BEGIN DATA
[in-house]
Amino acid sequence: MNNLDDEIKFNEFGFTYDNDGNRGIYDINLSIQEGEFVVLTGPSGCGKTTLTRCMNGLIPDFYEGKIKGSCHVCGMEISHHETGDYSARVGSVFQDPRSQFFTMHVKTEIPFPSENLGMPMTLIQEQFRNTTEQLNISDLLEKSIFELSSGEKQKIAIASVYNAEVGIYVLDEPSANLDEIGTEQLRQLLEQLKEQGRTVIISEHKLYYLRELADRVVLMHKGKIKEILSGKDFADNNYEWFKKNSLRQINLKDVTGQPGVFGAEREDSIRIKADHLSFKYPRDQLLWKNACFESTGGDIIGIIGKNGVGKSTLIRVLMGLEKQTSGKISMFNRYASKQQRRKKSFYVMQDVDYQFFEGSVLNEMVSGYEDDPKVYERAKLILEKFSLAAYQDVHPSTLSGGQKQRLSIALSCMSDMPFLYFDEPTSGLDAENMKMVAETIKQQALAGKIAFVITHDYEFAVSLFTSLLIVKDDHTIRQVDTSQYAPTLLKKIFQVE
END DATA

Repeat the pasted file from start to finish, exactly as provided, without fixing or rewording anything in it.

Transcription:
[in-house]
Amino acid sequence: MNNLDDEIKFNEFGFTYDNDGNRGIYDINLSIQEGEFVVLTGPSGCGKTTLTRCMNGLIPDFYEGKIKGSCHVCGMEISHHETGDYSARVGSVFQDPRSQFFTMHVKTEIPFPSENLGMPMTLIQEQFRNTTEQLNISDLLEKSIFELSSGEKQKIAIASVYNAEVGIYVLDEPSANLDEIGTEQLRQLLEQLKEQGRTVIISEHKLYYLRELADRVVLMHKGKIKEILSGKDFADNNYEWFKKNSLRQINLKDVTGQPGVFGAEREDSIRIKADHLSFKYPRDQLLWKNACFESTGGDIIGIIGKNGVGKSTLIRVLMGLEKQTSGKISMFNRYASKQQRRKKSFYVMQDVDYQFFEGSVLNEMVSGYEDDPKVYERAKLILEKFSLAAYQDVHPSTLSGGQKQRLSIALSCMSDMPFLYFDEPTSGLDAENMKMVAETIKQQALAGKIAFVITHDYEFAVSLFTSLLIVKDDHTIRQVDTSQYAPTLLKKIFQVE